Parts: The motor was a mess. Both mainsprings had been broken and repaired using rivets -- 2 breaks and repairs on each spring. The governor had 3 home-made springs of varying lengths and thicknesses. I picked up the necessary replacements at Union last year. I dislike the Gramophone Company practice of riveting the governor weight to the governor spring, so I picked up some Victor weights that attach with machine screws as replacements along with the governor springs. I have nearly all the needed replacement parts on hand now including a reproduction leather handle (purchased from zwarteschijf, I might add).

I just need to get motivated and get it done. Once it's done I'll post pictures.

And by the way, since acquiring the 118 nearly 3 years ago, I also managed to buy a model 112, but it's in better condition than the 118 was.

I do have a question for you, Steve regarding the color of paint on inside of the horn of the 118. Since mine was painted over with the yucky brown paint, it is difficult to discern the original color. It kind of seems that the original color might have been black rather than the orangish brown I've noticed in pictures of other 118s as well as my 112. Is that possible? Or were they all orangish brown?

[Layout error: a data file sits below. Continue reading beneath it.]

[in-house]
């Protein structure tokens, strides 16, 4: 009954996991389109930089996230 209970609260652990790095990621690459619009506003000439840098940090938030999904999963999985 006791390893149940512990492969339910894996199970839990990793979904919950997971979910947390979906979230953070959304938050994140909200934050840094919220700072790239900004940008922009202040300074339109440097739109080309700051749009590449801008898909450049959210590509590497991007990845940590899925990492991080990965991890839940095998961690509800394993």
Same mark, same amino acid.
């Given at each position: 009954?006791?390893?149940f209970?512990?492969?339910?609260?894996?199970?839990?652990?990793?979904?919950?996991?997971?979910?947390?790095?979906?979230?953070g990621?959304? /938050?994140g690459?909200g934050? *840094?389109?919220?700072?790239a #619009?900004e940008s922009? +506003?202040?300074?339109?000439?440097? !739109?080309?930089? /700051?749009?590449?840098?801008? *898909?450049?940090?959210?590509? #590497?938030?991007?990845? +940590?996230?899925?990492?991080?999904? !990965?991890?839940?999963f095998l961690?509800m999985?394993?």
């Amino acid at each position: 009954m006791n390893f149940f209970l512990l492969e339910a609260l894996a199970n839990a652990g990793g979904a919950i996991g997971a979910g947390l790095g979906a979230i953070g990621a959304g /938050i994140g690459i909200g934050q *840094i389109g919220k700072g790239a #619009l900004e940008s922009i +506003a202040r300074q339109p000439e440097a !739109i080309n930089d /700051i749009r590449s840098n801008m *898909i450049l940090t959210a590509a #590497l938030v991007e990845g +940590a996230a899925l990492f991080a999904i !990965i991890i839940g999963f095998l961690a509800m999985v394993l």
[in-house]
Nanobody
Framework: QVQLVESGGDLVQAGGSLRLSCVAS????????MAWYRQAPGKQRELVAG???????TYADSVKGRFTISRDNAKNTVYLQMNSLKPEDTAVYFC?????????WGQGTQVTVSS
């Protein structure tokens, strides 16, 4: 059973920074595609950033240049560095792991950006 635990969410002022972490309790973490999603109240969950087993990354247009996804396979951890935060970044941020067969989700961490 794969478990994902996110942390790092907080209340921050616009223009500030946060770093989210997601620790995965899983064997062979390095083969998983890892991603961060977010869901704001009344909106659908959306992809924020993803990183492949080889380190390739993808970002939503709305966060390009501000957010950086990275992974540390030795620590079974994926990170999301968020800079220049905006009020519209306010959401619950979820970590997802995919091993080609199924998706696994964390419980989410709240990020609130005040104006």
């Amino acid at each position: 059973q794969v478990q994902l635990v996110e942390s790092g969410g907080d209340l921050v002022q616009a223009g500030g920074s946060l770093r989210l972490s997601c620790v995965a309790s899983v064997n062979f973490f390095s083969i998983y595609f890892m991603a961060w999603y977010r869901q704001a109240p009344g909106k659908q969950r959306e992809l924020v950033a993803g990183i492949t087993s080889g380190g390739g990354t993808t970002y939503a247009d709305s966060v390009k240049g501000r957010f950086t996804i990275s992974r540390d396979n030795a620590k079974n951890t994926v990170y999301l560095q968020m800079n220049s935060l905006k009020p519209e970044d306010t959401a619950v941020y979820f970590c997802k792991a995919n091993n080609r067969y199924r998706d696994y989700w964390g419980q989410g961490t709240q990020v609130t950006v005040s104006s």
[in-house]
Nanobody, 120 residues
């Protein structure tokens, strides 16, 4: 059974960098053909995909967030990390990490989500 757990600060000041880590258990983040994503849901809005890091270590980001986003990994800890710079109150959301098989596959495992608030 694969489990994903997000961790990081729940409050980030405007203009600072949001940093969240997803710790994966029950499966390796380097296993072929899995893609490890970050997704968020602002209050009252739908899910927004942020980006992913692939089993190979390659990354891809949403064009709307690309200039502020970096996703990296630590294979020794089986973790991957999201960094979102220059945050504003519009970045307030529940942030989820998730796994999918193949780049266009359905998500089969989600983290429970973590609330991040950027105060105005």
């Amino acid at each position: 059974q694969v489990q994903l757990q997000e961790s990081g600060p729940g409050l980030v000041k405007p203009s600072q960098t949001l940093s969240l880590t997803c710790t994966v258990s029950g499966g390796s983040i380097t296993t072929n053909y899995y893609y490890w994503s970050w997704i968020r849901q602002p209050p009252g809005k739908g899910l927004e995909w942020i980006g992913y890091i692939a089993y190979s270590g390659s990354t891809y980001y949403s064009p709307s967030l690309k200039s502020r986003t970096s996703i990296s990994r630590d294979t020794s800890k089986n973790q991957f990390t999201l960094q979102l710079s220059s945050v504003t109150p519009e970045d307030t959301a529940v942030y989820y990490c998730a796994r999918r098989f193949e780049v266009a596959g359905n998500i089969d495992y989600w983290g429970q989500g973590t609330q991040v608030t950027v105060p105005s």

Would you mind hint for the future?

Should one have to strip paint from atop a flaking original finish which has allowed the paint to get stuck down in the grain of woos, one will do well to give the piece two or three good coats of three pound shellac after the initial stripping process, and then lay it by for a week or so. After allowing the shellac to fully harden, attack the work afresh with your solvent based stripper. You will find that the paint comes out of the grain of the wood like magic!


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 Post subject: Re: Hmv 113
PostPosted: Sat Apr 27, 2013 11:04 am 
Offline
Victor IV
Joined: Sun Oct 25, 2009 12:53 pm
Posts: 1128
Location: Michiana
AZ* wrote:
Steve wrote:
Did you ever finish restoring the 118 you bought, AZ? I would like to see it if you have!

No, not finished yet. I was making good progress, but got interrupted by work and family matters, so I put it aside for a while. I hope to get back to it soon. If not, it will shortly be too hot to work on it in the garage, so I would have to wait until autumn and cooler temperatures.